Pineapple (Ananas comosus) is a juicy, delicious, tropical fruit.

It’s packed with essential vitamins, minerals, antioxidants, and other helpful compounds that can protect against inflammation and disease (1, 2, 3).

While pineapple and its compounds have been linked to several health benefits, you may wonder whether this sweet fruit offers any advantages for women.

This article reviews the potential health benefits of pineapple for women.

Osteoporosis is a disease that’s characterized by weakened, fragile bones due to a reduction in bone mass density. It’s an irreversible condition that increases your risk of bone fractures, which can be quite debilitating and even require surgery (4, 5).

While any individual can develop it, osteoporosis is four times more common in women than in men (6).

One nutrient that’s important for bone health is vitamin C, which has been shown to stimulate the production of bone-forming cells and protect bone cells from damage (7).

In fact, adequate intake of vitamin C has been linked to higher bone mass density and a reduced risk of osteoporosis and bone fracture (8).

One review of 13 studies found that individuals who ate vitamin-C-rich foods more often had a significantly lower risk of developing osteoporosis and 34% lower incidence of hip fracture (9).

Just 1 cup (165 grams) of cubed pineapple provides 88% of the Daily Value (DV) for vitamin C. It also provides 5% of the DV for magnesium, which is also important for maintaining strong bones (1, 10, 11).

Thus, incorporating pineapple into your diet may benefit bone health and help prevent osteoporosis.


Pineapple is an excellent source of vitamin C, which is important for supporting bone health and may reduce your risk of osteoporosis.

Despite the claim that eating pineapple can be dangerous during pregnancy, there’s currently no research to prove the notion.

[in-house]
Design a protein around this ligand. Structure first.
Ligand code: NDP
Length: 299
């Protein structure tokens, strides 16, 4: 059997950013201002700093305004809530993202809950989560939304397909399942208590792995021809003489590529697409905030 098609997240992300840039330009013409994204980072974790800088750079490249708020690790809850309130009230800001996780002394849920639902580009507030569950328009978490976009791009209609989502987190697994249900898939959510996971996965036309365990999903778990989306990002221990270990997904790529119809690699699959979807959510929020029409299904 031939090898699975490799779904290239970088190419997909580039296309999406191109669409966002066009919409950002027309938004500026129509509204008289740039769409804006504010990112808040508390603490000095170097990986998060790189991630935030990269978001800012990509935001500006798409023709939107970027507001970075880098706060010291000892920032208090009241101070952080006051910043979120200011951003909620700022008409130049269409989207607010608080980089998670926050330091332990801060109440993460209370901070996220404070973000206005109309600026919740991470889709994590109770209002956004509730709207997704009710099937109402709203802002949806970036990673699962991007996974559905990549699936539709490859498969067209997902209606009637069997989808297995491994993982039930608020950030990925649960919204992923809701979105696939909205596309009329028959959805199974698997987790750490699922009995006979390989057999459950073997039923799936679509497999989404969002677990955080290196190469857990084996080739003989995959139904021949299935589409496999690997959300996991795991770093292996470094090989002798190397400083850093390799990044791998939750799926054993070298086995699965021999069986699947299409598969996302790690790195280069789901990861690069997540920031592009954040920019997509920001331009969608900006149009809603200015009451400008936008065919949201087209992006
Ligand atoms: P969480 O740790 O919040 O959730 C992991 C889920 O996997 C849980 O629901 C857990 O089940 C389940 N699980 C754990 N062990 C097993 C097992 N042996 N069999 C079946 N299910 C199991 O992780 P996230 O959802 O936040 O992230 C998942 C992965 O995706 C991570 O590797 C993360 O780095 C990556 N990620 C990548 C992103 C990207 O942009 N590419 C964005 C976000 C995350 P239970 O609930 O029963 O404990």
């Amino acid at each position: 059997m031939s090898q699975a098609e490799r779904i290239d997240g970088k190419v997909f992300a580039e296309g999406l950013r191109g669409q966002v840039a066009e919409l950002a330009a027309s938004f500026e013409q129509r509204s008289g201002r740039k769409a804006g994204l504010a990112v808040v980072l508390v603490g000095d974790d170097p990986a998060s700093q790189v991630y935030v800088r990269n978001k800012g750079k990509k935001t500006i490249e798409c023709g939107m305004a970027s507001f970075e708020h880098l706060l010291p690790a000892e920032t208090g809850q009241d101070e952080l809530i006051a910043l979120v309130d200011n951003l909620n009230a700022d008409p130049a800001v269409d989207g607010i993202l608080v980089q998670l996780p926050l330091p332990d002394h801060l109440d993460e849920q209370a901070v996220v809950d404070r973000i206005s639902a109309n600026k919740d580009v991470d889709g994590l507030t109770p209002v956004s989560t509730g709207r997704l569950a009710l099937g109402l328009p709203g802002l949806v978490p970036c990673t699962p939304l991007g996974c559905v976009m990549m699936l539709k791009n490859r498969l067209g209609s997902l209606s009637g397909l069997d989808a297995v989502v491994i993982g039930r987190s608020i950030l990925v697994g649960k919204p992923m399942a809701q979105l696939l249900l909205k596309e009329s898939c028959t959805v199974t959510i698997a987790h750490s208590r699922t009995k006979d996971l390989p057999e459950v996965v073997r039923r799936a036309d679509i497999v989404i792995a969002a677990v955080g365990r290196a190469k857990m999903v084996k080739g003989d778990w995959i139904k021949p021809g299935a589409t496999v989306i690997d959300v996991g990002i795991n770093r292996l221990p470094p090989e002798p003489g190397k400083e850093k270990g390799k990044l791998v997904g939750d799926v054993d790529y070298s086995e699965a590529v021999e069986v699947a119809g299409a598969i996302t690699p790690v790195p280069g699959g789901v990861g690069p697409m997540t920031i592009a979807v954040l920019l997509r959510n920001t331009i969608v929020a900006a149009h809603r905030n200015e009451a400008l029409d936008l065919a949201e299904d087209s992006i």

In fact, pineapple can be a very nutritious addition to your diet while pregnant.

While needed in small amounts, copper is a mineral that’s essential for red blood cell formation. During pregnancy, your copper requirements increase to 1 mg per day to support the increase in blood flow that occurs during pregnancy (12, 13, 14).

Copper is also needed for the development of your baby’s heart, blood vessels, and skeletal and nervous systems (15, 16).

One cup (165 grams) of cubed pineapple provides approximately 18% of the DV for copper during pregnancy (1).

Pineapple is also a good source of several B vitamins, including (1, 17):

  • vitamin B1 (thiamine)
  • vitamin B6 (pyridoxine)
  • vitamin B9 (folate)

While they each have their individual roles, B vitamins in general are key for the proper growth and development of your baby (18, 19).

Additionally, pineapple contains vitamin C and small amounts of iron, zinc, and calcium — all of which are important for a healthy pregnancy (1, 19).


Pineapple is a good source of several vitamins and minerals, including copper and B vitamins, that are essential for both you and your growing baby during pregnancy.

Breast cancer is one of the most common types of cancer in women, accounting for approximately 25% of all cancer diagnoses in women (20).